28 Max Adamowski .-.Dom.
Harry E. Littler Rop.
29 Thomas F. Byrne Dom.
'John Hrubcc Rop,
30 William R. O'Toolo Dom.
Wm. J. Lynch Dom.
31 Torronco F. Moran Dom.
James A. Long Dom
32 John II. Lylo Rop.
Albert J. Fisher Rop,
33 Albort O. Anderson Rop.
Irwin R. Hnzen Rop.
34 John Toman Dem.
Joseph O, Kostnor Dem,
35 'Thomas J, Lynch Dom.
John S. Clark Dom,
The host placo In Chicago to buy
diamonds, ns everybody knows, Is nt
T. N. Donnelly & Co.'s., 24 N. Dear
born street. For ovor forty yenrs this
woll known nnd rollablo houso has
boon nt tho head of tho diamond trado
of Chicago, and tho prices nro nl
ways reasonable for tho best goods
on tho market.
Judge Thomas T. Scully has made a
splendid record In the County Court
The people have confidence In blm
and their confldonco has nover been
misplaced, either when tho Judge was
on the Municipal bench or In his pres
ent responsible position.
The Oliver typewriter Is praised by
all who huvo used it.
William H. Lyman, the popular for
mer senator and alderman, Is at th
head of the big publlo contracting
firm of W. H. Lyman A Co,
the County Court.
DAR FOR 1919
Jan. 27, 1919. First day to fllo pri
Feb. 4 Registration for February
Fob. C, 1919 Last day for filing
Feb. 5 and C Canvass by clorks.
Feb 25 Primary for city ofllcos.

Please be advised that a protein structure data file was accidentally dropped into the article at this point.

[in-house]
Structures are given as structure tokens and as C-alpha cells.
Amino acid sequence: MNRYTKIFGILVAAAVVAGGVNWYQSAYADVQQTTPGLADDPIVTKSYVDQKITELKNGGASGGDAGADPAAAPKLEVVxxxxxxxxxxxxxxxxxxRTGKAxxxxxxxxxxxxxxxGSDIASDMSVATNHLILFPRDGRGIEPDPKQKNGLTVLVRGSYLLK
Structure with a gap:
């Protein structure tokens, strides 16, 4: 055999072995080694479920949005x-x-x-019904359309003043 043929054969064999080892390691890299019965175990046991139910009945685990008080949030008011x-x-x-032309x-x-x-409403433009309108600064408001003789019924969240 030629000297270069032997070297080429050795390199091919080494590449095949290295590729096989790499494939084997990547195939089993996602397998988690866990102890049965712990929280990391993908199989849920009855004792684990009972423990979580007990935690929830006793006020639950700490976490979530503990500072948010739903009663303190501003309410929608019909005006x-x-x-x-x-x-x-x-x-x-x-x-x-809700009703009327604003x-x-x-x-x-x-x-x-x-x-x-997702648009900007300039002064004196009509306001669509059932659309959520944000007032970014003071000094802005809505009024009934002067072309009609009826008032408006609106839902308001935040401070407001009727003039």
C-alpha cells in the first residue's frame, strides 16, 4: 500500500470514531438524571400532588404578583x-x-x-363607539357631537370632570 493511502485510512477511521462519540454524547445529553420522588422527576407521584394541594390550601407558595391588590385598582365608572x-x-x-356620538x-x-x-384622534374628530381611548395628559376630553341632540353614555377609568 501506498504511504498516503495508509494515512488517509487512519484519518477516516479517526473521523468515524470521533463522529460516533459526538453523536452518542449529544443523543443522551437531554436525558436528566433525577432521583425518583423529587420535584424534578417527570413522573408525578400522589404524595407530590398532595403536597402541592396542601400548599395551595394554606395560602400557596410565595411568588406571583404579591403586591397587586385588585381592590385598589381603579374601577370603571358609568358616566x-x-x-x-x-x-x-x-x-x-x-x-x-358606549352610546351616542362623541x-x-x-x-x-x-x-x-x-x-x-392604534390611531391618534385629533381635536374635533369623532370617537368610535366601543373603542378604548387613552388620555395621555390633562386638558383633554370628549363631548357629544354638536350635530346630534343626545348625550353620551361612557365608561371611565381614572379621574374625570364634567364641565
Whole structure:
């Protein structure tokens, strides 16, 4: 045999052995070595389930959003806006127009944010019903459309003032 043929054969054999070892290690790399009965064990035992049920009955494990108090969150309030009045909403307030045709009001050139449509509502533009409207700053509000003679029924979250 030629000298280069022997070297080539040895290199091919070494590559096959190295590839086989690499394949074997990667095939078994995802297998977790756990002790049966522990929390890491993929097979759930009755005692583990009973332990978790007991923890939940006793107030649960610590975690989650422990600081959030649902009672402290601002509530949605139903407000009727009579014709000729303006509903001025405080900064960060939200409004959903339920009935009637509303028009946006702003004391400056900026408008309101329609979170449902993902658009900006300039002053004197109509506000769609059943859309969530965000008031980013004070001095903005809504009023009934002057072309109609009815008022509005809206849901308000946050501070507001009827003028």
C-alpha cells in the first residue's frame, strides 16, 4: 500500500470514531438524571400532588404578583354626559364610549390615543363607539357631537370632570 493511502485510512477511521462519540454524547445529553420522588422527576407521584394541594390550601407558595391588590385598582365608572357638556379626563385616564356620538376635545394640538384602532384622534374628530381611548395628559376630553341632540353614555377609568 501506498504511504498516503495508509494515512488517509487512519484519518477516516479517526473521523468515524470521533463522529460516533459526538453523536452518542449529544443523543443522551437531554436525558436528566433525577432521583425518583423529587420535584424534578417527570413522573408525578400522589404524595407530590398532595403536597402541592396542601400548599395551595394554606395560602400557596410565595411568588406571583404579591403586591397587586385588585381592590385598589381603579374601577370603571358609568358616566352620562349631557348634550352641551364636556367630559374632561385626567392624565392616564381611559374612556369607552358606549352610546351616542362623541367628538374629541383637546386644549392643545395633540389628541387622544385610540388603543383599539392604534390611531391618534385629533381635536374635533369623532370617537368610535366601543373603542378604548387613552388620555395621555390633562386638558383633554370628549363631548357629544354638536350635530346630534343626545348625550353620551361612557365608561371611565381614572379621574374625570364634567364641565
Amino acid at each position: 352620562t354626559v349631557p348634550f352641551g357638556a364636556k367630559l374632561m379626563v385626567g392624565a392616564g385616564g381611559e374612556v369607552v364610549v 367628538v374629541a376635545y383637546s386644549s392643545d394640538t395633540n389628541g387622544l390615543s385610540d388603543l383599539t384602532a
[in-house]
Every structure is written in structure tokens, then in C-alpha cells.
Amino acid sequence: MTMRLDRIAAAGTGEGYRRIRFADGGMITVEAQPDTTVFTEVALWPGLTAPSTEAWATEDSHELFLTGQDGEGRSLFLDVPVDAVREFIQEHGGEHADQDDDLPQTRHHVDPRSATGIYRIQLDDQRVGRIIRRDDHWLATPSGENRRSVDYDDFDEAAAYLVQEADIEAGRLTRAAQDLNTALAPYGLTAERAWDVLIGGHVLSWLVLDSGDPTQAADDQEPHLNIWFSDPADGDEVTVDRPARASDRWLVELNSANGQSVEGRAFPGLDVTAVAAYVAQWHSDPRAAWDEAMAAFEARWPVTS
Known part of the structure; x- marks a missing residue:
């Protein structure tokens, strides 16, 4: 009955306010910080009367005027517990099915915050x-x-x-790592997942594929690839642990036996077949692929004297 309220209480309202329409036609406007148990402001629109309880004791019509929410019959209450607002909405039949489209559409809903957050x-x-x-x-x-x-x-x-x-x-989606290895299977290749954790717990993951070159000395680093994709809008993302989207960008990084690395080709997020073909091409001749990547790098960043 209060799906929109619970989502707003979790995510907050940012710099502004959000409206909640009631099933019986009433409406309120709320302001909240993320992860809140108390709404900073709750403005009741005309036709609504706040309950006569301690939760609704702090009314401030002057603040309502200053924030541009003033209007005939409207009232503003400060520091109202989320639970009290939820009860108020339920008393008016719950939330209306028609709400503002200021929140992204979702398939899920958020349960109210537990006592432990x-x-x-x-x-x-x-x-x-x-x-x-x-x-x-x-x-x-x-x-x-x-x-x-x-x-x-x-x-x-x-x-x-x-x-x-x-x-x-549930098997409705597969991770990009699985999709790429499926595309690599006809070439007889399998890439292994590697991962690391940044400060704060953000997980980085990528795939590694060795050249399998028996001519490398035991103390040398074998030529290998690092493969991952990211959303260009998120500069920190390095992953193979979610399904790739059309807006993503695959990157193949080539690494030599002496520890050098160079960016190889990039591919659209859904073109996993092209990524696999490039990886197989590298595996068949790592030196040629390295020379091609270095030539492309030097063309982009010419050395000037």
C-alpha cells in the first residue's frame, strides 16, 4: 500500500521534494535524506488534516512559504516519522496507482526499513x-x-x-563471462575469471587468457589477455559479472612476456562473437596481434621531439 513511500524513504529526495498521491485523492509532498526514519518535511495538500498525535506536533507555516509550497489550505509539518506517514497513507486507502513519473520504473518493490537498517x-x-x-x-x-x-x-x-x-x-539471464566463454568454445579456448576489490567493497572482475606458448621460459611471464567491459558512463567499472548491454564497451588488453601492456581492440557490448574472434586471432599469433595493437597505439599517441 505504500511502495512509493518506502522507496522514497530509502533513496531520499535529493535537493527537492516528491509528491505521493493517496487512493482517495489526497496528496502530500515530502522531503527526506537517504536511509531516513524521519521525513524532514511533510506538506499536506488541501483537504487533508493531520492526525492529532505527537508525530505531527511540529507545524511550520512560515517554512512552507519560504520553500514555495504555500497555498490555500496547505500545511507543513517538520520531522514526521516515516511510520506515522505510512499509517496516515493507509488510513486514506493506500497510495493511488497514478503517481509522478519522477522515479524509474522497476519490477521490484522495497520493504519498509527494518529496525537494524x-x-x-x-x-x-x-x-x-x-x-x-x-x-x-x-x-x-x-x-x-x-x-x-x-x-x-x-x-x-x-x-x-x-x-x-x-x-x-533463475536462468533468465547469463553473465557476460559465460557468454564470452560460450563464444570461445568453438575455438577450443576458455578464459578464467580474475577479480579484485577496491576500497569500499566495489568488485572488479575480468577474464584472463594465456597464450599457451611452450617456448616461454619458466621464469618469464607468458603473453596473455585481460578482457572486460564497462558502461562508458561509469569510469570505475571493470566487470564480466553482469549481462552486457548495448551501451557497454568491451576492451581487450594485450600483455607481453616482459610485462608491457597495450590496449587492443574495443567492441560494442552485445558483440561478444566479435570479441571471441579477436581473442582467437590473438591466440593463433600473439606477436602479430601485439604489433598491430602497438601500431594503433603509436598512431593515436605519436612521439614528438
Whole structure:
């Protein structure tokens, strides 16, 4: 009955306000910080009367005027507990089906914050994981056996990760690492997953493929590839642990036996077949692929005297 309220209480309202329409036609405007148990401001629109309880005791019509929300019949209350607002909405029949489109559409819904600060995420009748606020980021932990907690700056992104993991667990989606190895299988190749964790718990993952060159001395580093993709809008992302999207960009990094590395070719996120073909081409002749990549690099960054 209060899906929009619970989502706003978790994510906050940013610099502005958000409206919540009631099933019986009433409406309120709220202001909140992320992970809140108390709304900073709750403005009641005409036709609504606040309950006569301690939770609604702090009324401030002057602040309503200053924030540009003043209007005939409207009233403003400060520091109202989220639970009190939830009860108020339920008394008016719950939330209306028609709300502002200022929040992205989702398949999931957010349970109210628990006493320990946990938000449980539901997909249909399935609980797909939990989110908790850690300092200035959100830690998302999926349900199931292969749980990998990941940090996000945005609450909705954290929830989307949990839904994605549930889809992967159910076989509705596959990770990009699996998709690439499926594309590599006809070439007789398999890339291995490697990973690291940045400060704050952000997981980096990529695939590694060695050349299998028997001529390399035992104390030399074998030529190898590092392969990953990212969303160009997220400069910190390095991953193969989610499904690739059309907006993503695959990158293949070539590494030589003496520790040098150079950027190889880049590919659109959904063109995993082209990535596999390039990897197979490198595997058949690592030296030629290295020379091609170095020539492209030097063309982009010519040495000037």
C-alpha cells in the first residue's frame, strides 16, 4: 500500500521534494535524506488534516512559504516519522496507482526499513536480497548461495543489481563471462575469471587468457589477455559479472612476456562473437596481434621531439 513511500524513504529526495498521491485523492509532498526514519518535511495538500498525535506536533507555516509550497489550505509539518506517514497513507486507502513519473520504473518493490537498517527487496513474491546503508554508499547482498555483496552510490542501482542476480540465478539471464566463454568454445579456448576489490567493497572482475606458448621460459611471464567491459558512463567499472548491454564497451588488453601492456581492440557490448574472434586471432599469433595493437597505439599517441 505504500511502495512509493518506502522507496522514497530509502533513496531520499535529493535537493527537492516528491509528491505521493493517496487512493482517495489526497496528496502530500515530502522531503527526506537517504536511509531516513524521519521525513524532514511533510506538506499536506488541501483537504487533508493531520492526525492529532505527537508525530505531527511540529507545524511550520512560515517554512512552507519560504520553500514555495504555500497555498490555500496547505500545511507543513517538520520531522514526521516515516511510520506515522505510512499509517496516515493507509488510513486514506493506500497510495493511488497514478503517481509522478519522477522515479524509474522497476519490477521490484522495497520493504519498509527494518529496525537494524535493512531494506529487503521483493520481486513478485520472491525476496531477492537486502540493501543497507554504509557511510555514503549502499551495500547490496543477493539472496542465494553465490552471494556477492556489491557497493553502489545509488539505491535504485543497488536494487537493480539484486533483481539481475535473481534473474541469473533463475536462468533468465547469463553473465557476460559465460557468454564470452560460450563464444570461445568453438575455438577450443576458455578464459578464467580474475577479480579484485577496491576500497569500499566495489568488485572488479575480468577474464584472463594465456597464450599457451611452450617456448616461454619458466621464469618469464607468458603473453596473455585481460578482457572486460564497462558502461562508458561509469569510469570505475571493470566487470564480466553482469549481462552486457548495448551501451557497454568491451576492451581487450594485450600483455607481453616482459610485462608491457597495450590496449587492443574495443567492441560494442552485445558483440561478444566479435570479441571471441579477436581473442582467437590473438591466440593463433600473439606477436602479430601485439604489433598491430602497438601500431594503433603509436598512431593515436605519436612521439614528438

March 1, 1919 Last day to fllo with
tho county clerk Independent peti
tions for Judgo of tho Superior court
of Cook county and commissioner of
March 7, 1919 T-ast day to fllo with
tho city clerk Independent petitions
for mayor, city treasuror, city clerk,
Judgo of municipal court (to fill va
cancy), and aldermen.
March 11 Registration for city
April 1 City election nnd tho oloc
tlon of ono Suporlor court Judgo In
SCHOOLS ASK .
A number of Chicago banks havo
agreed to lend tho board of educa
tion $0,000,000 for running oxponsos
until next April, when the tax tuonoy
will bo coming In. Already $600,000
has been advanced, so tho tcachors
can have their pay before Christmas.
The details of tho loan havo not boon
decided on, nccording to Gcorgo M.
Roynolds, representing tho bankers.
The board of education will lssuo tax
anticipation warrants us security.
FROM LOT LINE
As City Owns All of Street It
Should Clean Sidewalks
Tho city claims tho ownership of
the strcots from lot lino to lot lino
And all obstructions on tho sldowalks
trorn uows stands to snow aro thero
with Its permission. It rents spaco on
sldownlks nt Its own sweet will. It
should, thoroforo, keop tho sldowalks
nn woll as the rest of tho stroets cloan.
But it doos not. Tho money that tho
city should spond on tho cleaning ot
dirty sldowalks Is wastod on $2,000,000
worth of unnecessary job holders.
Thomas J. Webb Coffee, sold In
cans at 39 cents per pound, Is the
housowlfo's .standard for oxcollont
quality. It Is tho coffee that is popu
lar with ovorybody who has ovor used
Frank Woegor, the well knows
brewer and business man, Is talked of
for State Auditor and State Treasurer,
He would fill either position well.
that the Oliver Nine
Typewriters, now selling-
for $57, are brand
new, latest models, the
identical machines in
every way, that sold for
$100 before the Oliver
inaugurated its present
and selling plans,
Telephone today, Randolph 500.
A representative will show you
an Oliver Nine and give full de
tails with no obligations to you.
The Oliver Typewriter Company
11-22 Oliver Typewriter Hide., Chicago
.iiAjt. '' d -Ufa i
ju--'-rf hi m ifriKiMiiii mil